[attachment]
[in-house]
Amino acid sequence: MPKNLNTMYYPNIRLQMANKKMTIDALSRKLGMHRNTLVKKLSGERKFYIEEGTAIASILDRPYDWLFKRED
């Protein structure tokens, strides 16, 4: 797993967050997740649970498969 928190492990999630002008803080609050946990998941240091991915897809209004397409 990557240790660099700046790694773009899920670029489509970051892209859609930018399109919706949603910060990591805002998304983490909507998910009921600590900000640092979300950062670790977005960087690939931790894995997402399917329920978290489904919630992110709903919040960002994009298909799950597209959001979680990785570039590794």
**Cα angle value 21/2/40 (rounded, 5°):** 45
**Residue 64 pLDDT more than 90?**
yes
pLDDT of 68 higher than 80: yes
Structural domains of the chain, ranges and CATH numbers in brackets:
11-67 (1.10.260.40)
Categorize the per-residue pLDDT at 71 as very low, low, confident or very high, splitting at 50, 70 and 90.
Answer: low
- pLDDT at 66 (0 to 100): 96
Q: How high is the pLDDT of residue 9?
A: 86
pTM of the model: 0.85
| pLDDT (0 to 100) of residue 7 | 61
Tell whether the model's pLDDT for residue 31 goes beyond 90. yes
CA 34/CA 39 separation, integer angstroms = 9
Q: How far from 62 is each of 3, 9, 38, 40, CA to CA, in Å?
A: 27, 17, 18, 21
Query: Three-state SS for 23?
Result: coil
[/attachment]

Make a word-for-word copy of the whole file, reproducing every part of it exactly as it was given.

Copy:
[in-house]
Amino acid sequence: MPKNLNTMYYPNIRLQMANKKMTIDALSRKLGMHRNTLVKKLSGERKFYIEEGTAIASILDRPYDWLFKRED
């Protein structure tokens, strides 16, 4: 797993967050997740649970498969 928190492990999630002008803080609050946990998941240091991915897809209004397409 990557240790660099700046790694773009899920670029489509970051892209859609930018399109919706949603910060990591805002998304983490909507998910009921600590900000640092979300950062670790977005960087690939931790894995997402399917329920978290489904919630992110709903919040960002994009298909799950597209959001979680990785570039590794």
**Cα angle value 21/2/40 (rounded, 5°):** 45
**Residue 64 pLDDT more than 90?**
yes
pLDDT of 68 higher than 80: yes
Structural domains of the chain, ranges and CATH numbers in brackets:
11-67 (1.10.260.40)
Categorize the per-residue pLDDT at 71 as very low, low, confident or very high, splitting at 50, 70 and 90.
Answer: low
- pLDDT at 66 (0 to 100): 96
Q: How high is the pLDDT of residue 9?
A: 86
pTM of the model: 0.85
| pLDDT (0 to 100) of residue 7 | 61
Tell whether the model's pLDDT for residue 31 goes beyond 90. yes
CA 34/CA 39 separation, integer angstroms = 9
Q: How far from 62 is each of 3, 9, 38, 40, CA to CA, in Å?
A: 27, 17, 18, 21
Query: Three-state SS for 23?
Result: coil